With Great Reverence and Above Reason: Two Keys to the Mystical Adoration of God

If you talk to an old-school Trappist monk, he’ll tell you that “adoration” is something properly given to God alone.

I learned this the hard way, when in the acknowledgements section of my book Answering the Contemplative Call, I wrote a comment about how much “I adore” my wife. Reading this (in manuscript form), my old monastic mentor Fr. Anthony said, “You can love your wife all you want, but you should only adore God!”

It seemed like semantic word-splitting to me, but I didn’t want to offend the elderly monk, so I searched my inner thesaurus and changed the wording to tell my wife “I cherish you.”

Why is adoration something special we offer to God? Like so many words with spiritual or religious meanings, the secret is in etymology. Adoration comes from a Latin root that means not only “to love” but also “to worship.”

Nowadays, when many Christians and other spiritual seekers tend to stress God’s intimacy rather than God’s majesty, this kind of linguistic hair-splitting may seem arbitrary or silly. But perhaps it can be a helpful reminder that, since God is the Source of all Love, then perhaps there’s something to reserving a type of worship — adoration — strictly for God alone, even while we recognize that all forms of love ultimately have their origin in the Divine Heart.

With all this in the back of my mind, I’d like to share with you a quote I discovered that offers an interesting insight into the spirituality of adoration.

But now see what it is to adore God: it is, in the Christian faith, with great reverence and above reason, to gaze in the spirit upon God, the Eternal Power, Creator and Lord of heaven and earth and all that in them is.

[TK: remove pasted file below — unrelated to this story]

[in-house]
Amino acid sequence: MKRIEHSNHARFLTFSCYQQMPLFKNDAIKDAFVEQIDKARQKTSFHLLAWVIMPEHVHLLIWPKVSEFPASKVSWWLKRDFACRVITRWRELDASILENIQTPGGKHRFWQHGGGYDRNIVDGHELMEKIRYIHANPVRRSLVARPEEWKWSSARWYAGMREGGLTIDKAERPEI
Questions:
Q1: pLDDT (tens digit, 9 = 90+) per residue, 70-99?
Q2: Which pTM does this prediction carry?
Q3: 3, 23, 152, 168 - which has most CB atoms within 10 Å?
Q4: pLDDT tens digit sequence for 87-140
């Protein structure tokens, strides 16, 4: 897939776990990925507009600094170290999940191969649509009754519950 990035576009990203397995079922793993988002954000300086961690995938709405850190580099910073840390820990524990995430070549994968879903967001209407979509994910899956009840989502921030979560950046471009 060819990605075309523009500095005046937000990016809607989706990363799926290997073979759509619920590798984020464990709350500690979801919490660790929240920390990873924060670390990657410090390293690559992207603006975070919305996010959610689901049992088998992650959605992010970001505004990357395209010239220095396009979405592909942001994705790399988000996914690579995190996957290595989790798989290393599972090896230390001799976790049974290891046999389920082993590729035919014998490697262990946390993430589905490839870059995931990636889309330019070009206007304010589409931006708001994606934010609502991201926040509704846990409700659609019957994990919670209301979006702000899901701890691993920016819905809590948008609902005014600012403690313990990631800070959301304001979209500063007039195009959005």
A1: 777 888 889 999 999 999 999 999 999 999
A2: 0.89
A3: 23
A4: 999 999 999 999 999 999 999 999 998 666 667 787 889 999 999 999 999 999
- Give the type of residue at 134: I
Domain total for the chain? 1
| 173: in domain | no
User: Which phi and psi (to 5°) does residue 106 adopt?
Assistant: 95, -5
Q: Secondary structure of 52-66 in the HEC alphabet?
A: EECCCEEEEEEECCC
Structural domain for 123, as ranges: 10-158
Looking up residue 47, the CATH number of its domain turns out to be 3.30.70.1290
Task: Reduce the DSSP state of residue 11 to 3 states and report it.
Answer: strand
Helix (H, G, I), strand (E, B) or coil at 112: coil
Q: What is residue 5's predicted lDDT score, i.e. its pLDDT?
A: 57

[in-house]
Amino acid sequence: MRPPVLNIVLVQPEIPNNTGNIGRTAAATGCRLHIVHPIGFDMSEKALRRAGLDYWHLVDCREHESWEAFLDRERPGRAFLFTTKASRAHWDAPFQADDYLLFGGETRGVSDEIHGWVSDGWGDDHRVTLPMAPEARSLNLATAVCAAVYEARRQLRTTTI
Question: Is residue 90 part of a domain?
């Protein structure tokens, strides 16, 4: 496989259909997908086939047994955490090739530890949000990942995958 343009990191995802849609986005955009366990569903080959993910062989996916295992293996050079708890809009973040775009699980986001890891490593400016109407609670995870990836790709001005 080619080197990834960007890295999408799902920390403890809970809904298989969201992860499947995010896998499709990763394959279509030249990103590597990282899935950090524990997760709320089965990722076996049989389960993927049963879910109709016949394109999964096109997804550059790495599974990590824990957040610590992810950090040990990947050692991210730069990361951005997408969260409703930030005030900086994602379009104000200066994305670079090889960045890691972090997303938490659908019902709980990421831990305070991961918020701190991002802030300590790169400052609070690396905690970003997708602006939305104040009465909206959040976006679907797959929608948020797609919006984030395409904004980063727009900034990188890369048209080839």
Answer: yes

— John Ruysbroeck, The Seven Steps of the Ladder of Spiritual Love

The Anglican contemplative Maggie Ross is well known for her advocacy of beholding as a core expression of contemplative practice, as seen in the title of her 2011 book, Writing the Icon of the Heart: In Silence Beholding. The Curé D’Ars famously defined prayer as “I look at God, and God looks at me.” Anyone who’s ever had a lover knows the delirious joy of simply, wordlessly, gazing into the eyes of your beloved. Heaven on earth.

So it’s a delight to reflect on this little quotation from the fourteenth century Flemish mystic, John Ruysbroeck (also spelled “Ruusbroec”), whom Evelyn Underhill called “one of the greatest of Christian contemplatives.” Ruysbroeck equates adoration with beholding, by highlighting the humbly central role that simple gazing plays in contemplative prayer. He goes on to explain the heart of this contemplative beholding, using two concepts: reverence and reason.

“With great reverence” — in other words, such gazing is not lazy or indifferent — “and above reason” — which is to say, contemplative beholding is an expression of metanoia, that place “beyond the mind” where Divine nonduality may be apprehended intuitively but not “thought about” discursively.

So with great reverence, and beyond all ordinary reasons, we are invited, in love, to simply be present to the already-present presence of God. God gazes upon us, and we return the gaze. Love inspires love, and love meets Love. This mutual gaze: this is the heart of adoration.

In our gazing we do not seek to find God, but rather relax into the fact that God has already found us. And there we may cherish and relish, in a single moment within which all eternity unfolds, the boundless silence of union with Divine Love.

So cherish all your earthly loves: do so joyfully and exultantly. And recognize that the very love you cherish comes to you, lavishly and infinitely, from the One whom you are invited to adore, in the wordless silence of contemplative beholding.

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Carl McColman
Soul Friend and Storyteller. Lay Cistercian, Catechist, Author, Blogger, Podcaster, Speaker, Teacher, Retreat Leader.